(CN) – Europe’s highest court upheld an order forcing Italy’s largest private TV broadcaster to repay millions in subsidies allowing consumers to buy digital-broadcast decoders.
Italy introduced the $185 subsidy in 2001, and in 2005 reduced the subsidy to $86. The high court’s ruling means that terrestrial broadcasters must return the money gained from the subsidy, plus interest.
After satellite broadcasters complained about the subsidy, the European Commission investigated and determined that Italy’s policy constituted state aid.
Digital broadcaster Mediaset SpA, founded in the 1970s by Italian Prime Minister Silvio Berlusconi, sued the commission to have the decision annulled.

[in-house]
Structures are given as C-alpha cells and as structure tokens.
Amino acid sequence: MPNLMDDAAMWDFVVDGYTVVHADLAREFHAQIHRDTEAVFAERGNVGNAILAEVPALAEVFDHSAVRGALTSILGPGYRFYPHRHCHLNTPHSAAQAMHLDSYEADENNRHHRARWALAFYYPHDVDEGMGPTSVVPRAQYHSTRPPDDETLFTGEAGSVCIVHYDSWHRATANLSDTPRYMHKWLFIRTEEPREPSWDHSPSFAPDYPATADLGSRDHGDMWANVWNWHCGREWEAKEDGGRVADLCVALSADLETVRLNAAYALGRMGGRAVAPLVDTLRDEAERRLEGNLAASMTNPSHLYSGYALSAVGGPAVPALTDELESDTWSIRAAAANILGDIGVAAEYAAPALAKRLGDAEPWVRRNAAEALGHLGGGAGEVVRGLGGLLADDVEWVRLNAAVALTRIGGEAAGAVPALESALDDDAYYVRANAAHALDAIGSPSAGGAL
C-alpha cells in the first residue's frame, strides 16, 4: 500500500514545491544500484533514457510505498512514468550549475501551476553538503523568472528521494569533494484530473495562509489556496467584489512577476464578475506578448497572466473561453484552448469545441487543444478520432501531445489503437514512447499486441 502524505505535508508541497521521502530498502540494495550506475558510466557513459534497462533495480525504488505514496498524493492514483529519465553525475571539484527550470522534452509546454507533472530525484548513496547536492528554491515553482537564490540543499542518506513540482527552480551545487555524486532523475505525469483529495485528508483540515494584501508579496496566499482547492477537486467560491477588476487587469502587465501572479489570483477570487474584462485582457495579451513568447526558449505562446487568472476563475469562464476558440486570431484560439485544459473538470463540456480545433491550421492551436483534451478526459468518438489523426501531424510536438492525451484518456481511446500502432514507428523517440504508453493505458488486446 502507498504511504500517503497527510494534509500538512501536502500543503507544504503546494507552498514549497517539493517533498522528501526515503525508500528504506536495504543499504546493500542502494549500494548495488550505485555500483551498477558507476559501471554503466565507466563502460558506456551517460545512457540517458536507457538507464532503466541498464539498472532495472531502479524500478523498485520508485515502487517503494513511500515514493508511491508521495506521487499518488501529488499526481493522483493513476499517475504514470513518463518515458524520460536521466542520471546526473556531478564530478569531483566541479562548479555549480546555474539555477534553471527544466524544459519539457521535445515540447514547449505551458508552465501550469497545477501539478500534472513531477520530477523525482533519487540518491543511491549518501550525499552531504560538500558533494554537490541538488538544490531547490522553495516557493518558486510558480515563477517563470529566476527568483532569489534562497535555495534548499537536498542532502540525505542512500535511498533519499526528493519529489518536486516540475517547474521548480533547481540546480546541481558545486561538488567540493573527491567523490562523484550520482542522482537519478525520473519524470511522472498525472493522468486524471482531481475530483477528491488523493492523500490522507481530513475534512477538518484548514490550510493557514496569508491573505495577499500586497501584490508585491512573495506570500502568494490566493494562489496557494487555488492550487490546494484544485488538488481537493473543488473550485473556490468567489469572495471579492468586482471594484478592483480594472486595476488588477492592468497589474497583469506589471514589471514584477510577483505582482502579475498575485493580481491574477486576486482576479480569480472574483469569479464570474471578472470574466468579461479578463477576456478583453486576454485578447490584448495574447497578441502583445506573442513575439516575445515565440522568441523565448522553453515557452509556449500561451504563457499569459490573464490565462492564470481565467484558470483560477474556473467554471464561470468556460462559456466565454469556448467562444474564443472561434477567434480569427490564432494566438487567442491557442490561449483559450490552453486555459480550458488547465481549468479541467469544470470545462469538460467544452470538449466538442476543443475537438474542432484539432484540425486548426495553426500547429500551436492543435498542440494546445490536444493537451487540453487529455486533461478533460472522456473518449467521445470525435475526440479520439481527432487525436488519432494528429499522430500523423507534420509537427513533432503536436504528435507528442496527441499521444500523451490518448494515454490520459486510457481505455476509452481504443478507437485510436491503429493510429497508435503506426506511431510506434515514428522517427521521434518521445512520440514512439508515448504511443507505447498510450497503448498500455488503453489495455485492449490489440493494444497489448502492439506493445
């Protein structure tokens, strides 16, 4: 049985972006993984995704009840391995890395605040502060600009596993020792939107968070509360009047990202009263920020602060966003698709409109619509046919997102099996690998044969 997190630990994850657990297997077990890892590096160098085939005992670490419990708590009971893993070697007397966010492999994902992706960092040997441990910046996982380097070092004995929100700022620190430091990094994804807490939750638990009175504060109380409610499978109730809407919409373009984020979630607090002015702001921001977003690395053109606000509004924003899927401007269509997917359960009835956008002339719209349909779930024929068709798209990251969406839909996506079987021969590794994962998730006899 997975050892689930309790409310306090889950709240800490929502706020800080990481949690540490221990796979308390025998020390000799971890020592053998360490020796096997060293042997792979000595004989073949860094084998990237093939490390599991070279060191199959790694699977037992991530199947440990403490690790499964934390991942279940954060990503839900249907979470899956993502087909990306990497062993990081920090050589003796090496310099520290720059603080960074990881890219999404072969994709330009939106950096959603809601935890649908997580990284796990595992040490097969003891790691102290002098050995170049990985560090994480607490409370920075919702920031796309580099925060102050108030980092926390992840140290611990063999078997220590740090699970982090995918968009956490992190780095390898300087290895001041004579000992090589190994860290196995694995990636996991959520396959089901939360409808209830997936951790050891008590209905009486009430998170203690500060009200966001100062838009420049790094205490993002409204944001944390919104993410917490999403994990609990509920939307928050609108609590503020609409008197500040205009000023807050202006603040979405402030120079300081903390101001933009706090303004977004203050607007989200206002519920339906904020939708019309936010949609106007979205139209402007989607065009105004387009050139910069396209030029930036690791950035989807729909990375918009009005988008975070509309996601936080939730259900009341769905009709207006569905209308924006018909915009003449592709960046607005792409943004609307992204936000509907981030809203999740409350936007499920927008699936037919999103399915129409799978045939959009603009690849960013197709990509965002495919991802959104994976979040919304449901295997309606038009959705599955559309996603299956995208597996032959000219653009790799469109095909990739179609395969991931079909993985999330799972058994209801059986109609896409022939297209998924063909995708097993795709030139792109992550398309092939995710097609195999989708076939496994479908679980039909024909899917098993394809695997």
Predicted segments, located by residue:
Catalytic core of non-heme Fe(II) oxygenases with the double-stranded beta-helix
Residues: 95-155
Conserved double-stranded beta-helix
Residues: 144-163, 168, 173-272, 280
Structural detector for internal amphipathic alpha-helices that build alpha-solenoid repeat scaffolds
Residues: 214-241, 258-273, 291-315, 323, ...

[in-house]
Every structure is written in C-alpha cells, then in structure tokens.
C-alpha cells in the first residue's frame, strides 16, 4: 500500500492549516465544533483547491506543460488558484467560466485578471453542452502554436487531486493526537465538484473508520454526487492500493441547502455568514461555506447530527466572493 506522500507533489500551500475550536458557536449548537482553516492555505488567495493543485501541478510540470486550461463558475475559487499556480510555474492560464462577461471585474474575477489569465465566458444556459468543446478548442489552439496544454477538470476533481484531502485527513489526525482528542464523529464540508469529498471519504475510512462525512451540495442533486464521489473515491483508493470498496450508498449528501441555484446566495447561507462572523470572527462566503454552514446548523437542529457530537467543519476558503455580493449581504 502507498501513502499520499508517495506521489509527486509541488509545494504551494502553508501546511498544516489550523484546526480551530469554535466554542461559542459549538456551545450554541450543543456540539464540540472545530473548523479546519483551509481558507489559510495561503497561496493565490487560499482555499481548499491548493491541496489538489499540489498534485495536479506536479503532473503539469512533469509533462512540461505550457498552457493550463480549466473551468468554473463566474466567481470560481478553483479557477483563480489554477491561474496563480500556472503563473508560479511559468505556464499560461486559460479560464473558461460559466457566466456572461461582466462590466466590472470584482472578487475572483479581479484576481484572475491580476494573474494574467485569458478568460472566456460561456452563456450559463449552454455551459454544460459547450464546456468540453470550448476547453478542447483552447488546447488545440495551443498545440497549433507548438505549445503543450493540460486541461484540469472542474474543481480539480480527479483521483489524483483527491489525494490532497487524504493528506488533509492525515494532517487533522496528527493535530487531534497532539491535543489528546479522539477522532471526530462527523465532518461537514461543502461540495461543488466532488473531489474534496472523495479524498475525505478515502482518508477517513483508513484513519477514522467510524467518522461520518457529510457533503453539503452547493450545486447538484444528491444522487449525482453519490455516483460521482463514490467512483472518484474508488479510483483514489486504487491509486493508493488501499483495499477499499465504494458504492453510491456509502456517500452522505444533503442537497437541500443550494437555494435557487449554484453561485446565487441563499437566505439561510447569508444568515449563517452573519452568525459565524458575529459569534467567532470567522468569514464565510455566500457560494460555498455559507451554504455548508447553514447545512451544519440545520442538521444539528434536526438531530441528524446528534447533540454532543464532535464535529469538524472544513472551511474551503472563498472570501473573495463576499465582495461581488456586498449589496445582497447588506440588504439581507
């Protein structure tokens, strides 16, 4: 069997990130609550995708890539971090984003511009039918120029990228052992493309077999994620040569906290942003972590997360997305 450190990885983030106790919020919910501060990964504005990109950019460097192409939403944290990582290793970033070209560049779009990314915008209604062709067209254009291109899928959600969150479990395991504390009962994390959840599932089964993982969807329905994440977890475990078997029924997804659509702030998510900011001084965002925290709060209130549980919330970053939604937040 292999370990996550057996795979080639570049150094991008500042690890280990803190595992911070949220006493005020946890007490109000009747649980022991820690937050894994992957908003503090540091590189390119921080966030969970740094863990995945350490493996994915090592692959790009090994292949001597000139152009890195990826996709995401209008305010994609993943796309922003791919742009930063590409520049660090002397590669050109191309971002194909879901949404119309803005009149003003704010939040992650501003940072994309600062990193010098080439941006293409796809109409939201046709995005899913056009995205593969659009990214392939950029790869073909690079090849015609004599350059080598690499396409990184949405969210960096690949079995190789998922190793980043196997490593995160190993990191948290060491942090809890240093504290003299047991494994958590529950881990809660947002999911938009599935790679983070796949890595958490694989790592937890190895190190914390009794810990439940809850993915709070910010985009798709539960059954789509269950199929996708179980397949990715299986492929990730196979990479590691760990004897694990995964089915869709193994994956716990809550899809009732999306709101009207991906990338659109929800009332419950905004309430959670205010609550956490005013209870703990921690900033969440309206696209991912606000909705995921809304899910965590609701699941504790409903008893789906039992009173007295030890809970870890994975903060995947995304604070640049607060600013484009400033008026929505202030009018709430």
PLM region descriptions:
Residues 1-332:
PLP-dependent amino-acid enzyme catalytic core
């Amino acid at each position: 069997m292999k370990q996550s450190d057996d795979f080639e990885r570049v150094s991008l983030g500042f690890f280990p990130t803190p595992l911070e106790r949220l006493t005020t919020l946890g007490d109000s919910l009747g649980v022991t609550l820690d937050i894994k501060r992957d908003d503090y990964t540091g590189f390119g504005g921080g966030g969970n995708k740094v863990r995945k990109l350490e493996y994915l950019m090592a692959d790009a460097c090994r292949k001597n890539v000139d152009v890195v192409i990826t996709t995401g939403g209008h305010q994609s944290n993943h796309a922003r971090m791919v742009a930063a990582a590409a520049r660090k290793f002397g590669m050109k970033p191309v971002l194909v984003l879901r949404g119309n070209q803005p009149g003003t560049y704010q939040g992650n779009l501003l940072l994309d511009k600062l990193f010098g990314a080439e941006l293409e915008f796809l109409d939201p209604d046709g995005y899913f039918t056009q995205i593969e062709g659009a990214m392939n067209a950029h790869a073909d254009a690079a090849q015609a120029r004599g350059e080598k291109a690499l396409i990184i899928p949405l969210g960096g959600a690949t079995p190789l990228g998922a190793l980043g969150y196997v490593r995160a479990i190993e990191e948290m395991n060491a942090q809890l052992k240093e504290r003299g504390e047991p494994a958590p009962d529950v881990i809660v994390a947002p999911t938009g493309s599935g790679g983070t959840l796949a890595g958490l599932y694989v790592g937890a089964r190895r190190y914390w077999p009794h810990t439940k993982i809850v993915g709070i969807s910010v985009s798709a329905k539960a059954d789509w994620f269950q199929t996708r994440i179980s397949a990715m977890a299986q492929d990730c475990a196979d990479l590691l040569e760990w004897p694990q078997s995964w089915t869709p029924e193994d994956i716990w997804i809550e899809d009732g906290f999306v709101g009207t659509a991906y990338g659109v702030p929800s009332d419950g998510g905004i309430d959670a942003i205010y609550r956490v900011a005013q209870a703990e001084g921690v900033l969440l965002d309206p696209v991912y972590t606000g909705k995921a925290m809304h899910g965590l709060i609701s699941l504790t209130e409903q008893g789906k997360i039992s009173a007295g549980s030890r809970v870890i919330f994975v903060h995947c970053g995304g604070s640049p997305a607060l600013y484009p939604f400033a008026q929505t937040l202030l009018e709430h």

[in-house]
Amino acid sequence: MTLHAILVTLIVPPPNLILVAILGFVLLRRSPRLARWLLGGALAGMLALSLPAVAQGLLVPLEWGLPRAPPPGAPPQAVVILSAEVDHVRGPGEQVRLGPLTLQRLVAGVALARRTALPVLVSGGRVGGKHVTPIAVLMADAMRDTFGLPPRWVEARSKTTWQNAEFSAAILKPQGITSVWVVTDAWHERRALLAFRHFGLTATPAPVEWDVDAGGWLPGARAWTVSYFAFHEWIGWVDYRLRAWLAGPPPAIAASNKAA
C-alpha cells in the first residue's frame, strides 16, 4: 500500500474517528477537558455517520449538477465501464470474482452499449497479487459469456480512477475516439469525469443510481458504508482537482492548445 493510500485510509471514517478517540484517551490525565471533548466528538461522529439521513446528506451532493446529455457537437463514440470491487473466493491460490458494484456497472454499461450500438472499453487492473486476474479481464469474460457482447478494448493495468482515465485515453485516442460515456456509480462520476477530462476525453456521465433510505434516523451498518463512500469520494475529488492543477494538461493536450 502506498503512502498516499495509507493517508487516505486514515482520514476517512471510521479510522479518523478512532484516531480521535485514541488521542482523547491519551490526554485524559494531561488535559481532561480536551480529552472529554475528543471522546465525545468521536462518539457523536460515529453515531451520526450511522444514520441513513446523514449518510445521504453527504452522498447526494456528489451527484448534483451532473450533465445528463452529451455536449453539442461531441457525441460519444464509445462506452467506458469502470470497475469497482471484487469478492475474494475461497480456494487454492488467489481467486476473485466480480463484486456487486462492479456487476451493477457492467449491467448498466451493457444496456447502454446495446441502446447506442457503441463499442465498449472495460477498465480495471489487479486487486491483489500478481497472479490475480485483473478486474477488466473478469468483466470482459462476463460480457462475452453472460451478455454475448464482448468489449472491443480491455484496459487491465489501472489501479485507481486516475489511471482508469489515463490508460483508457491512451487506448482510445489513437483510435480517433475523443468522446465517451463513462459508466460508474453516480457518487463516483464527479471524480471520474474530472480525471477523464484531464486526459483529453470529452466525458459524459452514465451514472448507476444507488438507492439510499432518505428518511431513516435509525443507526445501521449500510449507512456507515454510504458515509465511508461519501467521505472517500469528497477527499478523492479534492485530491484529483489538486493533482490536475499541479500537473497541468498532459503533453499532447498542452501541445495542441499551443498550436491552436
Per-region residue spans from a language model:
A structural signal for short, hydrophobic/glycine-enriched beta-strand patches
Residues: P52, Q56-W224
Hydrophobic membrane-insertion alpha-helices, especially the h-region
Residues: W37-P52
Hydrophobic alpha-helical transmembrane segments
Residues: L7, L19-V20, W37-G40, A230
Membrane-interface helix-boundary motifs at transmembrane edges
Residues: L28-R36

The Court of Justice dismissed the entire action, ruling that the Italian measure was not technologically neutral, as consumers must buy or rent digital decoder equipment to receive the subsidy. This caused a distortion in competition, the court said, as TV broadcasters were able to consolidate their market position over satellite providers.
The exclusion of satellite providers in the policy was not justified, the Luxembourg-based court ruled, adding that it should be up to the national courts to set any recovery amount.